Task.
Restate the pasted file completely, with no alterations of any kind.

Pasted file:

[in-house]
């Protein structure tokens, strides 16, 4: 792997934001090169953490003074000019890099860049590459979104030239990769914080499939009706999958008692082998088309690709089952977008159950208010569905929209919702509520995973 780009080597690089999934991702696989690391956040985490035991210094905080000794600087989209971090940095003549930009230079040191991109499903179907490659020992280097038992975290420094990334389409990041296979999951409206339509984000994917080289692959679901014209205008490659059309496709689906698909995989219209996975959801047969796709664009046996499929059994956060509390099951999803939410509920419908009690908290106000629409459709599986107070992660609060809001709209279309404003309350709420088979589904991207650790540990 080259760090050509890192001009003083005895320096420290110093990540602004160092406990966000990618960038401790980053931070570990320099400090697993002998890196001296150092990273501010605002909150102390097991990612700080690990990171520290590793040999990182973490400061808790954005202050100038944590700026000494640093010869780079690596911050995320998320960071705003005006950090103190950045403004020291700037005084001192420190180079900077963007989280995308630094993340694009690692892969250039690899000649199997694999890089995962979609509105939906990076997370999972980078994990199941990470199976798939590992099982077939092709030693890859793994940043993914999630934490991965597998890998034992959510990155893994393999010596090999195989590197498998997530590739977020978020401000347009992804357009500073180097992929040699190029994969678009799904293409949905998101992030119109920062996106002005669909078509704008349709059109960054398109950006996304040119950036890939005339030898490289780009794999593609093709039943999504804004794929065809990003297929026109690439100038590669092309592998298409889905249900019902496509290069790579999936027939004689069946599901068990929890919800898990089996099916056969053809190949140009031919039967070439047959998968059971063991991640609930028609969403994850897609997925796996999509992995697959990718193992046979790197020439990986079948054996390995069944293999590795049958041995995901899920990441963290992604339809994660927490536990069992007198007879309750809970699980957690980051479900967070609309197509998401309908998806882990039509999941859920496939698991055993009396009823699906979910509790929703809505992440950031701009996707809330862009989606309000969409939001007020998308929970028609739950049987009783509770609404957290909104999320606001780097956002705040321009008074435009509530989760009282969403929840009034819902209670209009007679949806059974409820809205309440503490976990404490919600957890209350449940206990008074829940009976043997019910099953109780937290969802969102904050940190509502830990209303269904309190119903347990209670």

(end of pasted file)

[in-house]
């Protein structure tokens, strides 16, 4: 792997934001090169953490003074000019890099860049590459979104030239990769914080499939009706999958008692082998088309690709089952977008159950208010569905929209919702509520995973 780009080597690089999934991702696989690391956040985490035991210094905080000794600087989209971090940095003549930009230079040191991109499903179907490659020992280097038992975290420094990334389409990041296979999951409206339509984000994917080289692959679901014209205008490659059309496709689906698909995989219209996975959801047969796709664009046996499929059994956060509390099951999803939410509920419908009690908290106000629409459709599986107070992660609060809001709209279309404003309350709420088979589904991207650790540990 080259760090050509890192001009003083005895320096420290110093990540602004160092406990966000990618960038401790980053931070570990320099400090697993002998890196001296150092990273501010605002909150102390097991990612700080690990990171520290590793040999990182973490400061808790954005202050100038944590700026000494640093010869780079690596911050995320998320960071705003005006950090103190950045403004020291700037005084001192420190180079900077963007989280995308630094993340694009690692892969250039690899000649199997694999890089995962979609509105939906990076997370999972980078994990199941990470199976798939590992099982077939092709030693890859793994940043993914999630934490991965597998890998034992959510990155893994393999010596090999195989590197498998997530590739977020978020401000347009992804357009500073180097992929040699190029994969678009799904293409949905998101992030119109920062996106002005669909078509704008349709059109960054398109950006996304040119950036890939005339030898490289780009794999593609093709039943999504804004794929065809990003297929026109690439100038590669092309592998298409889905249900019902496509290069790579999936027939004689069946599901068990929890919800898990089996099916056969053809190949140009031919039967070439047959998968059971063991991640609930028609969403994850897609997925796996999509992995697959990718193992046979790197020439990986079948054996390995069944293999590795049958041995995901899920990441963290992604339809994660927490536990069992007198007879309750809970699980957690980051479900967070609309197509998401309908998806882990039509999941859920496939698991055993009396009823699906979910509790929703809505992440950031701009996707809330862009989606309000969409939001007020998308929970028609739950049987009783509770609404957290909104999320606001780097956002705040321009008074435009509530989760009282969403929840009034819902209670209009007679949806059974409820809205309440503490976990404490919600957890209350449940206990008074829940009976043997019910099953109780937290969802969102904050940190509502830990209303269904309190119903347990209670």